It hurts twice as much to realise that our own unawareness and unkind attitude towards them, is making them act in unaware and unkind ways towards us...

If we are present enough to our children, we can learn a great deal about ourselves from how they relate to us. Punishing them for what we have taught them is hypocrisy. The same hypocrisy with which our parents punished us for things they did themselves.

It is not only control and manipulation, however, we set the trend in our family tree for generations ahead. You may have witnessed few examples below, which has shaped how you perceive yourself today:

Your parents repeatedly putting themselves down for their past failures.

They modelled that failure is bad and that it needs to be punished.

As supposed to viewing it as a lesson which serves our further growth, we grow up being scared to make mistakes and when we do make them, we find it hard to forgive ourselves,

ending up REJECTING ourselves. We feel like powerless victims of life's circumstances, denying ourselves further growth.

Your parents caring much about how they look like in front of others.

They modelled that our worth lies in how we present ourselves in public. That if we are NOT clean, well dressed, well behaved, or well spoken, we are WORTHLESS.

We grew up with a strong critical voice in our mind, relentlessly comparing ourselves with others, chasing perfection. And whenever we fell short we rejected ourselves.

Your parents working hard (even whilst ill) without setting time aside to rest and to do things they truly enjoy.

They modelled lack of self-care, and that self-sacrifice is OK.

We grow up feel guity to rest and do things we enjoy, teaching our children that life is hard and that they too have to live to work to feel good about themselves. Our worth is very much tied to our achievements and the number of zeros on our pay check.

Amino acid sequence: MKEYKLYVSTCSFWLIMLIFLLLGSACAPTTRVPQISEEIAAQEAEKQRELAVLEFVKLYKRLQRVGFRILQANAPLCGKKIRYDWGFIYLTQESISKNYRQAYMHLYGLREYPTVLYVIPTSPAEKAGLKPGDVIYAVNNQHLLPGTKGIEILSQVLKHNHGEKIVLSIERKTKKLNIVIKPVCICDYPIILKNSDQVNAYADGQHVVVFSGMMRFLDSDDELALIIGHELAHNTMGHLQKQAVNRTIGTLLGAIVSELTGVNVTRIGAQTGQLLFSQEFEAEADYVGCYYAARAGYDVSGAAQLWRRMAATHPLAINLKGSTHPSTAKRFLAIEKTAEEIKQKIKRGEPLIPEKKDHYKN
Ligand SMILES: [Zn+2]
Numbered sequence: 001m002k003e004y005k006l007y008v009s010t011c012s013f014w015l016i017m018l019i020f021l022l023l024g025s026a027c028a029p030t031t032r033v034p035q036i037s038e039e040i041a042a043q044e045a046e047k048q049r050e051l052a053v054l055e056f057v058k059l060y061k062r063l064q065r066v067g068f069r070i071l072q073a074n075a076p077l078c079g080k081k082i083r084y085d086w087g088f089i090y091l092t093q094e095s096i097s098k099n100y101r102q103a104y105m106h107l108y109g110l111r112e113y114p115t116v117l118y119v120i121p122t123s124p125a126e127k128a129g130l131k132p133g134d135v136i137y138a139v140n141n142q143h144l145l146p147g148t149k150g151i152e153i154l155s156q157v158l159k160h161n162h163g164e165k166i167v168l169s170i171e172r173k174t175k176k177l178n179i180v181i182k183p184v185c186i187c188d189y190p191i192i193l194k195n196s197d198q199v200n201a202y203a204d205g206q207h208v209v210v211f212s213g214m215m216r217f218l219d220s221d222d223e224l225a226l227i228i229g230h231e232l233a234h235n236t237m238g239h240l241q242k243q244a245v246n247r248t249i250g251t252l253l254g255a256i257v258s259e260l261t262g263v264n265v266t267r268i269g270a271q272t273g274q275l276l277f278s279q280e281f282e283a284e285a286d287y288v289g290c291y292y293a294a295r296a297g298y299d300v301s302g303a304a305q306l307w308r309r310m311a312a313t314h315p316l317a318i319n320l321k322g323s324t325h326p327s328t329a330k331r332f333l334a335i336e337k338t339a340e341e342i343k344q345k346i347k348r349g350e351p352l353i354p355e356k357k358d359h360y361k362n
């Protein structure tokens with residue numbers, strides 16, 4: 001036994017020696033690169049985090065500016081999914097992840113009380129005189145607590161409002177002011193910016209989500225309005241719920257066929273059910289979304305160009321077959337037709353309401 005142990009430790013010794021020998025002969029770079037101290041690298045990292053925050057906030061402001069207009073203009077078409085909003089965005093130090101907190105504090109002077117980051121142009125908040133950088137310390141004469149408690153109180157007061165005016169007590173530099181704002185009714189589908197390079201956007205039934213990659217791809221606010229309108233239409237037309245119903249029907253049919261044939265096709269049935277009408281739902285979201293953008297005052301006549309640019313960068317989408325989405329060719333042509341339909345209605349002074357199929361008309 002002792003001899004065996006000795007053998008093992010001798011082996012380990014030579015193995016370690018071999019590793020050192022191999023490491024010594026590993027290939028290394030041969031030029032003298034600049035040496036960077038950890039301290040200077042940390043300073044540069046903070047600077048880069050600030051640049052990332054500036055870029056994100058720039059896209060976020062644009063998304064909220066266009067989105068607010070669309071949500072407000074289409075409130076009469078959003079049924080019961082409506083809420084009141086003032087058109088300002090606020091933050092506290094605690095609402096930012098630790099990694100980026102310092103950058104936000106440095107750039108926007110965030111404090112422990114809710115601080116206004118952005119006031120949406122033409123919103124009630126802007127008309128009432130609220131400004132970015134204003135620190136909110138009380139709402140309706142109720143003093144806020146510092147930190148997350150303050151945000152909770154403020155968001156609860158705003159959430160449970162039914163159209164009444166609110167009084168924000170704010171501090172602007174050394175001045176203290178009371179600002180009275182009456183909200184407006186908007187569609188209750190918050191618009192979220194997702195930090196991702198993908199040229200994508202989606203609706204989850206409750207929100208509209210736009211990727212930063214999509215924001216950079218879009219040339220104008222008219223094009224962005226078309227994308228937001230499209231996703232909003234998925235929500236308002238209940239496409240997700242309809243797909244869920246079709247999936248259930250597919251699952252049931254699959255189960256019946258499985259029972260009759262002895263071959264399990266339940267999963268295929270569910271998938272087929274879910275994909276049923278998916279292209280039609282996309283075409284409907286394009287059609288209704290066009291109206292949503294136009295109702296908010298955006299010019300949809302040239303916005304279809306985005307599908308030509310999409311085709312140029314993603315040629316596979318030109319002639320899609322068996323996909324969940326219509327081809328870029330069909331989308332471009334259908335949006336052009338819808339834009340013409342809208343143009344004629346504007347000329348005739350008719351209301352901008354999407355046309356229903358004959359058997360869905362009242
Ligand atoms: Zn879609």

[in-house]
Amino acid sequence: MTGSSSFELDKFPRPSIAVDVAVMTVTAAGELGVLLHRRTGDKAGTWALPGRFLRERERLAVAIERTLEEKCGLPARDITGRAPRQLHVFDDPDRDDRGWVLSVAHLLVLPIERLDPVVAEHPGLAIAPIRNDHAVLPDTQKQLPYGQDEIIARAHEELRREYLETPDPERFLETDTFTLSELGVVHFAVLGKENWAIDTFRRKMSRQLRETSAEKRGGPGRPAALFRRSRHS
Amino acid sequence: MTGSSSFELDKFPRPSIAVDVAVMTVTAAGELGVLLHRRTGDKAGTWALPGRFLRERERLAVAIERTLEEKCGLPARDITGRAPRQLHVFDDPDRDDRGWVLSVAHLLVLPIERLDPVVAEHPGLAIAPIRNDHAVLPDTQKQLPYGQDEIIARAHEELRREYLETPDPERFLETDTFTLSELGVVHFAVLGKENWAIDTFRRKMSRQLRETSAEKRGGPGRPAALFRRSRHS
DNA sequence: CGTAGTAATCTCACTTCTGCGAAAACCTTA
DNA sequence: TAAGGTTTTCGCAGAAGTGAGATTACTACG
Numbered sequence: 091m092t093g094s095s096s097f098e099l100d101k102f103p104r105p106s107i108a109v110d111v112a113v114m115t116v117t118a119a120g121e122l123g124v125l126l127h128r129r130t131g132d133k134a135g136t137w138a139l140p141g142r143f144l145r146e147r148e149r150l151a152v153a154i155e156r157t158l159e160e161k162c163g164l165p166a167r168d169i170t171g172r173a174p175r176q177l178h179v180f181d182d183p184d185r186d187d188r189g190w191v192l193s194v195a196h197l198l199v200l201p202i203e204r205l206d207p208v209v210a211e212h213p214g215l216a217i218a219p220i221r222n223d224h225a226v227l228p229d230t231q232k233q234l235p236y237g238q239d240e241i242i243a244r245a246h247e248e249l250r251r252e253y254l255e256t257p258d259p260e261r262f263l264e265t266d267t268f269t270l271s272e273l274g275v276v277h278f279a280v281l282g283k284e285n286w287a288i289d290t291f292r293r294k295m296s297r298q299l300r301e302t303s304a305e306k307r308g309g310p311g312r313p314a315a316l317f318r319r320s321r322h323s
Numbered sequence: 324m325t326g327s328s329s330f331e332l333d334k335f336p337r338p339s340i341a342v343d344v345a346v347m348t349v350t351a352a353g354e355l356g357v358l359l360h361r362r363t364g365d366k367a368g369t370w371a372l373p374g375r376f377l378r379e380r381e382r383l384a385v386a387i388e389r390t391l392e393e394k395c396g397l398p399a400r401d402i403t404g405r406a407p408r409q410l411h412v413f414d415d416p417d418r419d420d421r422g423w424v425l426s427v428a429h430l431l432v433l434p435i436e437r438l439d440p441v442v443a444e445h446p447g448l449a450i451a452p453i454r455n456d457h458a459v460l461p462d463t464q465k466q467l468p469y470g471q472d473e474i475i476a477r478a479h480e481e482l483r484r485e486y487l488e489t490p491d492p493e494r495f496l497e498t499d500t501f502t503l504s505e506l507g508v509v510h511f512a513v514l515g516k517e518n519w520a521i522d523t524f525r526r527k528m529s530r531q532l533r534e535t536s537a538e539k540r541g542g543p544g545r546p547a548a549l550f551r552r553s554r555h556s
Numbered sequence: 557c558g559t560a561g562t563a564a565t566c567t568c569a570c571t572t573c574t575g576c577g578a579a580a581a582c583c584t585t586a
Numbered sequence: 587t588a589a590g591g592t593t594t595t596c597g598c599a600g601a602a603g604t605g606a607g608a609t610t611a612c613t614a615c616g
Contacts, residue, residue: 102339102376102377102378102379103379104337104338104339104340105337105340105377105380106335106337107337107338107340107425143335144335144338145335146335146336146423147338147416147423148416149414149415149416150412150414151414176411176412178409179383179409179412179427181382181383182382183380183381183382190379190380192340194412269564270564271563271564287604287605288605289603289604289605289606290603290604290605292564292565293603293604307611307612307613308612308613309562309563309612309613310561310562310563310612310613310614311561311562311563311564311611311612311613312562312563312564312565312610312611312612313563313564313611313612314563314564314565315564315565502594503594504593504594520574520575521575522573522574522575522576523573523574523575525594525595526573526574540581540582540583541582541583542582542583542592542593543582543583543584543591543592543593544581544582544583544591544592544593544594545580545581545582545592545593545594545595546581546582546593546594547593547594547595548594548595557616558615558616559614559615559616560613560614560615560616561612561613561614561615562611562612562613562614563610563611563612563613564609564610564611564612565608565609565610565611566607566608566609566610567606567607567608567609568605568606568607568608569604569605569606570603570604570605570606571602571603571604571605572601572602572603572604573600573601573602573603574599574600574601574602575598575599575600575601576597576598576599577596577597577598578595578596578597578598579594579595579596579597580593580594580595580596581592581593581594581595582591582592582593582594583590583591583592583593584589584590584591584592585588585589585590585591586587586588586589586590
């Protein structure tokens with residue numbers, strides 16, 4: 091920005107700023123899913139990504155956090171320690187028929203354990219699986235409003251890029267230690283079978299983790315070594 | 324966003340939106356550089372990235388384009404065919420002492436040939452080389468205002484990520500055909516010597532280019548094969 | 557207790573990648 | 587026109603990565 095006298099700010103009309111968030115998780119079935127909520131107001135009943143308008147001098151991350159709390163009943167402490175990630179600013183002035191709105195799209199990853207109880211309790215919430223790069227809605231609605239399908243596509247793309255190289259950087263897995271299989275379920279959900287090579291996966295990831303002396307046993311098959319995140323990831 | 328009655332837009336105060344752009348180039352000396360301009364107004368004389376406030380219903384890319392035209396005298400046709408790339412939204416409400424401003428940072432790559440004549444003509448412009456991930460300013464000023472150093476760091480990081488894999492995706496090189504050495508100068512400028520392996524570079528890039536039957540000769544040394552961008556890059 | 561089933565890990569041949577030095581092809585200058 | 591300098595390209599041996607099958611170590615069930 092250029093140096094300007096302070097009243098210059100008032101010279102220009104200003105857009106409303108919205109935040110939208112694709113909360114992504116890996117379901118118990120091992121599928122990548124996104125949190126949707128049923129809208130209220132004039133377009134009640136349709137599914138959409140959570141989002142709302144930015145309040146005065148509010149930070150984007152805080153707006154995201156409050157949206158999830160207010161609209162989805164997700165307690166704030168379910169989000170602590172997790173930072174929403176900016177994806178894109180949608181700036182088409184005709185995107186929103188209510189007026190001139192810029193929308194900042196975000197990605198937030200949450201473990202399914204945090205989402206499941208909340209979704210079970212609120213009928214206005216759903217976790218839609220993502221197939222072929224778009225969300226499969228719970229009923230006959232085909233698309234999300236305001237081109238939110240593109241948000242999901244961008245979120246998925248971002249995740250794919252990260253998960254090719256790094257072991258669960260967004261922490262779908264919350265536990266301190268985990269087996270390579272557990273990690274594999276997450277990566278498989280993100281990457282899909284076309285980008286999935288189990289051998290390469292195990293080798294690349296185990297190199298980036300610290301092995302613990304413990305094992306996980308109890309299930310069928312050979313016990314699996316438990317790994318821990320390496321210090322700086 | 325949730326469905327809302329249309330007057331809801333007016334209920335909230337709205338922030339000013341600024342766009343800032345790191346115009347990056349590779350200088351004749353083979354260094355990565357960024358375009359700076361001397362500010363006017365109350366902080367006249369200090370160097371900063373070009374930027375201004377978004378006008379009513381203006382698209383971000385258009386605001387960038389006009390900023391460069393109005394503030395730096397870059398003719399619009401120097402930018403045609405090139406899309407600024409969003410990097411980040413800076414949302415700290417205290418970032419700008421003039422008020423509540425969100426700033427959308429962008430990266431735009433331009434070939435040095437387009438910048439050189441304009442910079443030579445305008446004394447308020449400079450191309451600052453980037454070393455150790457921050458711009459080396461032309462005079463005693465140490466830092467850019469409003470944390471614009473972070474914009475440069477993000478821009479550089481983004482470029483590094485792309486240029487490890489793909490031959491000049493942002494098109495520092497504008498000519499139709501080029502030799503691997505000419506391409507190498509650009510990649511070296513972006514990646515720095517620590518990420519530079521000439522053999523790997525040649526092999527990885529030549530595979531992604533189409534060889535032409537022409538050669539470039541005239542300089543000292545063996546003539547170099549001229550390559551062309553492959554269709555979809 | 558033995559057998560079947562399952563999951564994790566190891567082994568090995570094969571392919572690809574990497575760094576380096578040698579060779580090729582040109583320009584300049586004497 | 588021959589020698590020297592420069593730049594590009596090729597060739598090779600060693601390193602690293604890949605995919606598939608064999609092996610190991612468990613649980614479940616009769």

Your parents indulge in addictive behaviours.

We learn to SELF-SOOTHE with the help of substances, things and the company of people. Instead of listening to our own emotions, attempting to understand them. Instead of working out how we feel, what we truly need in our lives to feel happy, we run away from ourselves.

All of the above behaviours lead to deep unhappiness due to lack of self-love. And all day long we can repeat to our loved ones that they are the most precious beings on the planet. Do you know why they won't believe us? Because they form their beliefs from their experiences of us NEGLECTING ourselves.

Is this what we want for our children? Do we want them to feel rejected, unloved and abandoned? Do you still wonder why teen suicide, depression, anxiety and other mental health issues rates are reaching alarming levels?

Our children are a fantastic, IMMEDIATE OPPORTUNITY for us to look at ourselves if we dare so.

It is never too late to stop destroying our relationships, including the one with ourselves. A relationship is only alive if you nurture it. If we 'don't care' about how others feel, our relationships with them won't certainly be caring. If we say one thing and do another, our relationship cannot be trusting.

Good parenting isn't so much about being the perfect example we are collectively chasing. And it certainly isn't about denying that we could be using the wrong parenting methods so far. Because pretending we are' fine', reluctant to learn new things prevents us from growing!

Parenting is more about our ability to catch ourselves, to SELF-REFLECT, to rise from that experience and above our own Ego. About our ability to accept responsibility, being honest about making a mistake and rectifying it. It is about saying 'I am sorry, I messed up and this how I am going to fix it.' Isn't that, afteralll, what we would like to hear from our children when they make a mistake? Or would we prefer them to pretend they are perfect?

Thank you for reading. If my article contributed to understanding yourself, please be generous and share it with others.

Copyright © 2017 Michaela Patel